"When you get yourself into certain situations, you want to have that put-away pitch," Tillman said. "But I think the notion of a put-away pitch is kind of stupid, because I want to get a guy out on the first pitch. I guess a lot of times, if you need to have a put-away pitch, it's not necessarily a good position to be in. I'd rather get two outs and not let a run score than try to put a guy away and then put another guy away."
Showalter said it's a byproduct of an evolving game that's placing more of a premium on lengthening at-bats. And there has been an incremental increase in foul balls over the years — the major league average of pitches being fouled off this season was 18.25 percent entering Saturday compared to 17.78 in 2008, when the Statcast database was born.
"I think it's a product of the whole industry," Showalter said. "People are really putting a premium on working at-bats, working counts. It's what they're teaching them as hitters. But also, let's stop and think. What really drives walks? How does a guy who strikes out 200 times get 80, 90 walks? It's the fear of power, the fear of damage, and there's so much more fear through batting orders of damage. The seven, eight and nine hitters are hitting 20 home runs."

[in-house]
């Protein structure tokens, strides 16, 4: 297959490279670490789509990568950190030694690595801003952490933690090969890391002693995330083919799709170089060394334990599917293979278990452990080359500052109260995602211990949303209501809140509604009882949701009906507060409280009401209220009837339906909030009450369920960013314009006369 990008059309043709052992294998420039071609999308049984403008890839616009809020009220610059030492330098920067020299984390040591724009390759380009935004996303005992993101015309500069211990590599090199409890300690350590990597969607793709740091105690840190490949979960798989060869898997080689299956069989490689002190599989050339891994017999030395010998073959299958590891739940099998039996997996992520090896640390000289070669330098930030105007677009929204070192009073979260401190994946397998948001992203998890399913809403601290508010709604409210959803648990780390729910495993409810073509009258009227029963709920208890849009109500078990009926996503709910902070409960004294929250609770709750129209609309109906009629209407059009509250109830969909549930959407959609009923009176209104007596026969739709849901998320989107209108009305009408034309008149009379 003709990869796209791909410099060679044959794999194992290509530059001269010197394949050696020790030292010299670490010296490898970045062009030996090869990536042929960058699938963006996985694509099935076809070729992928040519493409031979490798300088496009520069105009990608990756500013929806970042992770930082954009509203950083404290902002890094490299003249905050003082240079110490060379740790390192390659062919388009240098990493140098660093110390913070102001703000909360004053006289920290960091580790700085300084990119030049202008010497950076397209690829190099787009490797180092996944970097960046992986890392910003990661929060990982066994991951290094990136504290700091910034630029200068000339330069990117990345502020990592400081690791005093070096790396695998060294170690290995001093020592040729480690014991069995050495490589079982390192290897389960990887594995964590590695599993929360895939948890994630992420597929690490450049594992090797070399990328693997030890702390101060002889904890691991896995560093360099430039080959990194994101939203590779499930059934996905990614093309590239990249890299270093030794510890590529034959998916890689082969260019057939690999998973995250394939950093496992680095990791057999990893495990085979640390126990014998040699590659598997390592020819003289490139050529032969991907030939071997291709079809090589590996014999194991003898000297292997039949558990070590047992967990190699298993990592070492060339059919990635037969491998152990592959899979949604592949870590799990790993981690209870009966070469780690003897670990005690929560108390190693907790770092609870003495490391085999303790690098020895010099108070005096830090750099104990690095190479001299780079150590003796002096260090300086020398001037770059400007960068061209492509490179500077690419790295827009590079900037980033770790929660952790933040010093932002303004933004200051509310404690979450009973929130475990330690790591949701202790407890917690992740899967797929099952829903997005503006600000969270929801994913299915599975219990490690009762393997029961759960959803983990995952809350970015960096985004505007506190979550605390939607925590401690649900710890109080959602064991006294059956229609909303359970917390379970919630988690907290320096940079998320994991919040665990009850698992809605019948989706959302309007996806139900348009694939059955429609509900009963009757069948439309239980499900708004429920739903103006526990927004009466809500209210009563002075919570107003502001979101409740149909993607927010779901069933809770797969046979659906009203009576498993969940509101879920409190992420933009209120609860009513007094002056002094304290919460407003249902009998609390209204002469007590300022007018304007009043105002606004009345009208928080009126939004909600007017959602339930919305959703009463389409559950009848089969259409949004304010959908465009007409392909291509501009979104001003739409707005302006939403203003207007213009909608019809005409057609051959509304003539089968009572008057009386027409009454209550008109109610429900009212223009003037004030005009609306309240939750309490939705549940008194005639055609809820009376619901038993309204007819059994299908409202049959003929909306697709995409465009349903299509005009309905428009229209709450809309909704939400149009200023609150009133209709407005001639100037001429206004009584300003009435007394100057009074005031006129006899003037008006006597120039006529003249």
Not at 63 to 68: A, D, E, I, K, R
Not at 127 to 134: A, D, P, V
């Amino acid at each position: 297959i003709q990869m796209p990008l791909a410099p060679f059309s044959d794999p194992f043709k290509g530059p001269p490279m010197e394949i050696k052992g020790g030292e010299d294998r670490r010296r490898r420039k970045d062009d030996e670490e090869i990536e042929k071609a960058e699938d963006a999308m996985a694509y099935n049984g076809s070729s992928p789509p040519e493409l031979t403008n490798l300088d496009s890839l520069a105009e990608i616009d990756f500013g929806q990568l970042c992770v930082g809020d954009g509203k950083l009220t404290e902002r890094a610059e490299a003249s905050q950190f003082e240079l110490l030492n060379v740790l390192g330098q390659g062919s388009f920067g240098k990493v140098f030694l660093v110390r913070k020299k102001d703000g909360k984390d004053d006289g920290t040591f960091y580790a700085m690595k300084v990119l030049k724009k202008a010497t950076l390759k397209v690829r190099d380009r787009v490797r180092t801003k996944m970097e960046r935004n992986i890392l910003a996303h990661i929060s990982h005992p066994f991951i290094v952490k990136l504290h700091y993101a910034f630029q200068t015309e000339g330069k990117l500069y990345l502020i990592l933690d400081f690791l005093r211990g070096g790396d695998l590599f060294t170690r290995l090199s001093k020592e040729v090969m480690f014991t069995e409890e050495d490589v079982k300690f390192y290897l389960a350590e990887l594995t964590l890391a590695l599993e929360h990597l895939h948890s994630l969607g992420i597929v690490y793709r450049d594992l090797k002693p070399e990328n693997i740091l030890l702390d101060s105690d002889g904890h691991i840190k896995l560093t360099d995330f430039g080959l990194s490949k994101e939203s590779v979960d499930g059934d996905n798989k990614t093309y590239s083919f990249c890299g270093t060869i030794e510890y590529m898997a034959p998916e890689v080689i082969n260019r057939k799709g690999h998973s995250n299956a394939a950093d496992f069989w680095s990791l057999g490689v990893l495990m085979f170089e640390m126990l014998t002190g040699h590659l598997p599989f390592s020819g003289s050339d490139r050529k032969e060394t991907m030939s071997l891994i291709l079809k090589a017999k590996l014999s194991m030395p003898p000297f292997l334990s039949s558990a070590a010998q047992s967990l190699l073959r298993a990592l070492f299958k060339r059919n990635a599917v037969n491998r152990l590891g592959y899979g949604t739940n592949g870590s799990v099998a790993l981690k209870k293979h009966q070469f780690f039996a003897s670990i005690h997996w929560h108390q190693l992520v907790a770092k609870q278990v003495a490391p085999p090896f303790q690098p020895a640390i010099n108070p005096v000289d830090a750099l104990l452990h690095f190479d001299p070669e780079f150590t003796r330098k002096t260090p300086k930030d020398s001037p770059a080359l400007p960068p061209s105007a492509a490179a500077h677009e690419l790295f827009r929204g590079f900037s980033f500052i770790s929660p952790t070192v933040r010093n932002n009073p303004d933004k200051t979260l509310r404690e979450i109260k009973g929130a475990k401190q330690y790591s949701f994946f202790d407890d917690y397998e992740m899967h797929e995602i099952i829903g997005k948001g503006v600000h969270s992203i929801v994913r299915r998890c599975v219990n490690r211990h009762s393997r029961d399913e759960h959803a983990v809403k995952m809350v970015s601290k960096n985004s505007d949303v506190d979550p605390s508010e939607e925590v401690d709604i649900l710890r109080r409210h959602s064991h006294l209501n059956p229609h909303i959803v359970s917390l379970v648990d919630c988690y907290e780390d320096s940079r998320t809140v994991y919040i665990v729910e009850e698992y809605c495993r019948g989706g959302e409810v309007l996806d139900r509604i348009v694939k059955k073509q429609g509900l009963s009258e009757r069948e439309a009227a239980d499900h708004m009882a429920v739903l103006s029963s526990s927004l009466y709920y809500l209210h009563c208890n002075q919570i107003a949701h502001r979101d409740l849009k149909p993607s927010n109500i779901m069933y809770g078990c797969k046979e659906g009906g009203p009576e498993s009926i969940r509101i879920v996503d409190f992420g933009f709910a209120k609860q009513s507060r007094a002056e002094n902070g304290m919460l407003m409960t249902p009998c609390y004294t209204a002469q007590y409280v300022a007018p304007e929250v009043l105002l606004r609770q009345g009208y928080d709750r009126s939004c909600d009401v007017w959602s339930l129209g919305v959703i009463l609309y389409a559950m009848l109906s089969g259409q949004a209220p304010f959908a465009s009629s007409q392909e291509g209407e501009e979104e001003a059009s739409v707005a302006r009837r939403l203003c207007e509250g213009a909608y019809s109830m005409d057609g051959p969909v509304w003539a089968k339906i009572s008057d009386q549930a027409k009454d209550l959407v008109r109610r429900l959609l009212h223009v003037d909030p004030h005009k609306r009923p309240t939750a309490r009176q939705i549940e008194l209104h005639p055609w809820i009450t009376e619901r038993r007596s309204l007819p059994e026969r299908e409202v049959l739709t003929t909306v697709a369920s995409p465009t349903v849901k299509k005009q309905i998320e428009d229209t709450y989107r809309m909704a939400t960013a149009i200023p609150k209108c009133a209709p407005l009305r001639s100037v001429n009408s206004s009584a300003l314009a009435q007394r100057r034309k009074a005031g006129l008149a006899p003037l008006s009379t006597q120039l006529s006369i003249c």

In the AL East, there are 11 opposing players who foul off at least 17 percent of the pitches they see, led by Yankees second baseman Starlin Castro's 21.78 percent. But it's not exclusive to this division. The Kansas City Royals have three players who foul off more than 20.87 percent of pitches, and it's no coincidence that they had 30 foul balls against Bundy in a game last month.
"These guys are good, too," Tillman said. "I think the ultimate goal is to get somebody out. My goal is in three pitches or less, but a lot of times they don't want to get out in three pitches or less. So you've got to make better pitches, get ahead, stay ahead. I think where a lot of it comes to is when you're trying to strike guys out and throwing not like they say, letting the defense work. You're trying to pitch to contact, but a lot of times when you're trying to get out of it, a lot of times you try to throw strikeout pitches a lot of the time. With some hitters, it works. With the aggressive hitters, you can do that, but with the other ones it can turn into seven-, eight-, nine-pitch at-bats.